Short Selling

In order to short a stock, an investor must borrow shares of a company’s stock from a broker and then sell those shares on the open market in the hope that the stock price would fall. The investor anticipates repurchasing the shares at a discount, selling them back to the broker, and keeping the price difference as profit.
To do this you will need a margin account.
Short selling is not something you can do in a retirement account.
We only consider shorting stocks that are falling.
An investor who shorts a stock may benefit from a loss in its price; if the stock drops enough, the potential returns could be large.
However, there are considerable hazards associated with shorting. The investor will incur a loss if the stock price increases rather than declines because they will have to be purchased again at a higher price. We never sit holding a losing position. Once the trend changes we exit the position no matter if we have made money or not. A stock’s potential upside is also limitless, which means that shorting has an unlimited chance of losing money. Additionally, shorting a stock puts the investor at risk of a short squeeze, in which the short seller is forced to acquire shares at a higher price as a result of a rapid rise in demand from other investors, resulting in even greater losses.
We try to avoid Short Squeezes by starting a short position from the top of the Panic Zones. 

We never want to start a short position from the bottom of the Panic Zones. This is where short squeezes start. 

We only short stocks we want to own for the long term. As all stocks cycle up and down this allows us to acquire additional income from our favorite stocks when they are cycling down. 

And since were shorting our favorite stocks, we will not only cover the remainder of our short position when the trend changes, but will also buy shares in the long at the same time.

As a stock falls, we systematically take profits along the way at our predetermined profit targets. We never sit and wait until the trend changes before taking some profits.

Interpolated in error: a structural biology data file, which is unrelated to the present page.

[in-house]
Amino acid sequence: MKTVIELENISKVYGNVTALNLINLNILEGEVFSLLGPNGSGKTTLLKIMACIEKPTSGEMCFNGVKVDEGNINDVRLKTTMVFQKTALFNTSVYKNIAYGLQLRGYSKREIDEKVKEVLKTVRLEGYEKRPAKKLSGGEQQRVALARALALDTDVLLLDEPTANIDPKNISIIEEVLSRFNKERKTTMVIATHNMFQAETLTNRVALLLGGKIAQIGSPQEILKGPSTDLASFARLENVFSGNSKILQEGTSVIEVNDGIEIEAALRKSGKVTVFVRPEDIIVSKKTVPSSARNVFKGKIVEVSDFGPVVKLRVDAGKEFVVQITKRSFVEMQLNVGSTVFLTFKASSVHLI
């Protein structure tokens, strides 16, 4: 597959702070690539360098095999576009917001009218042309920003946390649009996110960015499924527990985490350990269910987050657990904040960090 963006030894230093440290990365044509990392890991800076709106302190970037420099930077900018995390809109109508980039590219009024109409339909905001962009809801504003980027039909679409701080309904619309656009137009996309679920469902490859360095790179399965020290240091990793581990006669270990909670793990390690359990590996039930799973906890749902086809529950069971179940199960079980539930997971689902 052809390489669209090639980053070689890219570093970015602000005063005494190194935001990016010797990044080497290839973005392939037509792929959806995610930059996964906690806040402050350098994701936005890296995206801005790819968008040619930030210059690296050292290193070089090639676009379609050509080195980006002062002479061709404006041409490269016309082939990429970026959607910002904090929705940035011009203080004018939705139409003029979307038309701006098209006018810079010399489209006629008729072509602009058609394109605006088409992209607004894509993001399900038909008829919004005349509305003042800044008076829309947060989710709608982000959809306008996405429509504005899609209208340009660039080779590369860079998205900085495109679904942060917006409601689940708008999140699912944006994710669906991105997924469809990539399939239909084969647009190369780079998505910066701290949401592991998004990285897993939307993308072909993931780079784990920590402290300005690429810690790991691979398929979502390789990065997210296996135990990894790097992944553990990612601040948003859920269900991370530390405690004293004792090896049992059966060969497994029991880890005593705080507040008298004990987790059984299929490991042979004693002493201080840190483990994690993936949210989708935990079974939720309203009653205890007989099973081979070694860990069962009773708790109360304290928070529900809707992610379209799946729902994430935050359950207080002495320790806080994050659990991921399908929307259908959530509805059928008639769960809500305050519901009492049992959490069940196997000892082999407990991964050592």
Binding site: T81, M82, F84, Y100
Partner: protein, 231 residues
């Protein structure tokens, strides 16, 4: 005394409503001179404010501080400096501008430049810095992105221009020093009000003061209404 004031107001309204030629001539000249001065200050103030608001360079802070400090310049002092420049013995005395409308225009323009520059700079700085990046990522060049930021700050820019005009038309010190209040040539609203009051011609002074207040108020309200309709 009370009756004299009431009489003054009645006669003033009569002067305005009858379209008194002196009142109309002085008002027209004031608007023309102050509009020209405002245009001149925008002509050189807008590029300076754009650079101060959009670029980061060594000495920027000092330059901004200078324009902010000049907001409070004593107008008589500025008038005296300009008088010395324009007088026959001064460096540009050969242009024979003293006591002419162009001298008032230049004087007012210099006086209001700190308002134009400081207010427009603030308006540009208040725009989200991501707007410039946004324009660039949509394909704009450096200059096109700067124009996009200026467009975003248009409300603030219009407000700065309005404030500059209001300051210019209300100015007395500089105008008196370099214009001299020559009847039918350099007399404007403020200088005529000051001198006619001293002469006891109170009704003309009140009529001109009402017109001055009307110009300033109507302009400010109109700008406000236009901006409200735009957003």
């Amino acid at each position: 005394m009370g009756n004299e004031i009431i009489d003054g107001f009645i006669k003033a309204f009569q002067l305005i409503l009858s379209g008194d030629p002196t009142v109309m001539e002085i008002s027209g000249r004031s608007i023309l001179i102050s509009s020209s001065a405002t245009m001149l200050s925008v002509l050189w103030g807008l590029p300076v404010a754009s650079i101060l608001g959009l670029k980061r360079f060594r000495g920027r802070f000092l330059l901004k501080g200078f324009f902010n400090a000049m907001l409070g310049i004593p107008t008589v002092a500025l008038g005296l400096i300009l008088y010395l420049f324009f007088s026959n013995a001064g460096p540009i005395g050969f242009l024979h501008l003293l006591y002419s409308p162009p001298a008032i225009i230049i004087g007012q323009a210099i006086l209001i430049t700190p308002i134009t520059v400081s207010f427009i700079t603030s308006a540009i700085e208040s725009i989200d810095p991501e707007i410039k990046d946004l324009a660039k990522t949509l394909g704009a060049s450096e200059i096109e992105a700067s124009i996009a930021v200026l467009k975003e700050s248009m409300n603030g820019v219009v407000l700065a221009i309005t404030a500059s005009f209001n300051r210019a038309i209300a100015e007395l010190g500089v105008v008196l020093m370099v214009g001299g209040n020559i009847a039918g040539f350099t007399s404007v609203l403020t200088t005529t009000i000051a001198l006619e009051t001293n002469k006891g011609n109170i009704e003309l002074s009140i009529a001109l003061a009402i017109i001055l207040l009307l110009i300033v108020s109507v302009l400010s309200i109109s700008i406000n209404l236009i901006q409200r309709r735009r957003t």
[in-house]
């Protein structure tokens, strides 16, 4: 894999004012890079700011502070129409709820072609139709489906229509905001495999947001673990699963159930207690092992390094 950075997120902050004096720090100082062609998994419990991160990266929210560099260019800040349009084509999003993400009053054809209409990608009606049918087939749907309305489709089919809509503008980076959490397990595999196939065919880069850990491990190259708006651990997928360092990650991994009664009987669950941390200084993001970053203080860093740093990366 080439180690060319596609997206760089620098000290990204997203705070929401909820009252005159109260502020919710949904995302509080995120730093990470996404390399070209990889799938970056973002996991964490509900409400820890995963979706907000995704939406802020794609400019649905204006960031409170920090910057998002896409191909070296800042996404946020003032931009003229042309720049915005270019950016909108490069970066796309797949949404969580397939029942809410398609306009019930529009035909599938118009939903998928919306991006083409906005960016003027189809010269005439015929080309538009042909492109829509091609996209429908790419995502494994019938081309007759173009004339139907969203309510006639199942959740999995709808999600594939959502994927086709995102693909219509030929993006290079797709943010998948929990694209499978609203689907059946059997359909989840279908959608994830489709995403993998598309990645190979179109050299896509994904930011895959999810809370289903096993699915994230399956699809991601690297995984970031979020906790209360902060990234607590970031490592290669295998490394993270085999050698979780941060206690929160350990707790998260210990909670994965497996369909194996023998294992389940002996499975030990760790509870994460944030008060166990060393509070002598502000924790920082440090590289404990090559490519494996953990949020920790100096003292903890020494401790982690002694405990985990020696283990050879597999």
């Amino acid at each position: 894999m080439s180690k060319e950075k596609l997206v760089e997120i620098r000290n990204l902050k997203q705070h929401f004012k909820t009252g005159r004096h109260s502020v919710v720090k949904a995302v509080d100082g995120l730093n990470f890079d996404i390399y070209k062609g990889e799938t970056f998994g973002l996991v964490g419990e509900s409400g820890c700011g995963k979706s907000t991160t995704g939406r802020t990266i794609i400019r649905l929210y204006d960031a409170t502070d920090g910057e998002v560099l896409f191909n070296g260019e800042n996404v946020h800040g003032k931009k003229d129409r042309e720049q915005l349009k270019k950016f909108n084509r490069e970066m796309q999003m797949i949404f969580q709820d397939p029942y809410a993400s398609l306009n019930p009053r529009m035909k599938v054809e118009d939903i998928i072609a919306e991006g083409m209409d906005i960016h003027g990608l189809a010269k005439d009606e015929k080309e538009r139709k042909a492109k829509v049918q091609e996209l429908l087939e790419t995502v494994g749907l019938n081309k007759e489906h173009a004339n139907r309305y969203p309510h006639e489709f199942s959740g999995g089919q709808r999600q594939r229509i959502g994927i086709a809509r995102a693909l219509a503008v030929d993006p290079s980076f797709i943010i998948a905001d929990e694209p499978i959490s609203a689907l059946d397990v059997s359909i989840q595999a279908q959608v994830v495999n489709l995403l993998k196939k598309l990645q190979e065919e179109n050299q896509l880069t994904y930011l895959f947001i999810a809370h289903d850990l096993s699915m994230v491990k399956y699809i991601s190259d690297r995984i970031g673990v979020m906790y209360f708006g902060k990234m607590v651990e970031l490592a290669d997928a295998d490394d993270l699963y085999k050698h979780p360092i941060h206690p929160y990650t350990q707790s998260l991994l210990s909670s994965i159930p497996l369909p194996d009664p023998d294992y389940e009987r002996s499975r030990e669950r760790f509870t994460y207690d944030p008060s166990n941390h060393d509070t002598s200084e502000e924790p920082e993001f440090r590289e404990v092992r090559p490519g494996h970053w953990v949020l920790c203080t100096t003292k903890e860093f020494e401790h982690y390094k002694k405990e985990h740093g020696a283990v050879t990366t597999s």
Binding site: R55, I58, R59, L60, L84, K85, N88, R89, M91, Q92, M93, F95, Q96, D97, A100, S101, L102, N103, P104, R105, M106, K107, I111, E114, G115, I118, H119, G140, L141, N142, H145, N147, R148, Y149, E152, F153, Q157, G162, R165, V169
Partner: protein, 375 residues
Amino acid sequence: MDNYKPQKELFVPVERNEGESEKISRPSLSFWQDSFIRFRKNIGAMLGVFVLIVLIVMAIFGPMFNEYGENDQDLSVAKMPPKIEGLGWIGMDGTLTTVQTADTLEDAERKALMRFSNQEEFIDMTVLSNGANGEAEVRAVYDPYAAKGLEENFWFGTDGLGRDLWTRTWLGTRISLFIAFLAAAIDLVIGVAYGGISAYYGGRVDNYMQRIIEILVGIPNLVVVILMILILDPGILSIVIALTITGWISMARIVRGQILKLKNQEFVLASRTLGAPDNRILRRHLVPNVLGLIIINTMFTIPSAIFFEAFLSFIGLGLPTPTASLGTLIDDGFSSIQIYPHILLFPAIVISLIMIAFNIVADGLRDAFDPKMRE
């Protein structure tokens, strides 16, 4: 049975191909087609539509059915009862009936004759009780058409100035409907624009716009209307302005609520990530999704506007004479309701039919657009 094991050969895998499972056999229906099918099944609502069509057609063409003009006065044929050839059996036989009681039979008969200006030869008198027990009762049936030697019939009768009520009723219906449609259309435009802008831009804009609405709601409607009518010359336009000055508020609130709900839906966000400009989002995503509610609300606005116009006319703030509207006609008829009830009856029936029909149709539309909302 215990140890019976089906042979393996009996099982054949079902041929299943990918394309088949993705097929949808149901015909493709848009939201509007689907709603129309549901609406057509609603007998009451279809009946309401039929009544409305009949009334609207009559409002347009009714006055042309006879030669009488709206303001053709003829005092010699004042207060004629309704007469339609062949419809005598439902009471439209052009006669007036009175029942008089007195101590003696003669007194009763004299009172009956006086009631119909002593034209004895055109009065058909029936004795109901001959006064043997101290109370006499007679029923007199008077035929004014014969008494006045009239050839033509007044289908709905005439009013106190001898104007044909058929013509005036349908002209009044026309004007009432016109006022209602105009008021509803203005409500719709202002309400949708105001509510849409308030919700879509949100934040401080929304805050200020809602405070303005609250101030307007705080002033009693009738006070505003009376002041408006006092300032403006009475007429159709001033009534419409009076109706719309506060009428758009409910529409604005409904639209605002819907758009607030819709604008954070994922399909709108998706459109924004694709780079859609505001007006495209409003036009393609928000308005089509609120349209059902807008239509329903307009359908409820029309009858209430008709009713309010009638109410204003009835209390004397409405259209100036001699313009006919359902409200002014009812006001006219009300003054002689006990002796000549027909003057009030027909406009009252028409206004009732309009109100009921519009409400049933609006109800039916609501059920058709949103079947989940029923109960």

Timewise, stocks generally fall faster than they rise, but they rise for a lot longer than they fall. We always assume we will get kicked out of a short position. When a trend starts to change, we want to be on the wrong side of the trade for no longer than one bar. For short-term traders this means one day, for long-term investors this means one week.

We never short a stock because we don’t like it; we never short a stock because we think it’s going down, we never short a stock because we are anticipating bad news. The only reason to short a stock is because the trend has changed and the stock price is falling.

Please Read That Again.

The only reason to short a stock is because the trend has changed and the stock price is falling.

In general, shorting can be a high-risk, high-reward trading technique that calls for risk management. Before engaging in short selling, it’s crucial to understand the potential risks and benefits.

Important – Pick the appropriate stocks: Not all equities can be shorted.

We only short our favorite the Stocks.

You never want to short a stock that the market thinks is a potential takeover target.

Even with the best research, there’s no guarantee that you can totally eliminate this risk.

Shorting a small cap stock is often quite difficult as your brokerage firm may have trouble finding shares to borrow.

Watch the short interest: A short squeeze risk might increase with high short interest levels. Know how many shares of the stock you are shorting are being held short.

If you’ve never shorted a stock before, start off slowly.

If you normally trade 100 shares, short 10.

If you normally trade 1000 shares, short 100.

Stocks go up and stocks go down, and 95% of investors have no idea how to make money when stocks are falling. You should learn how to profit when stocks are falling.

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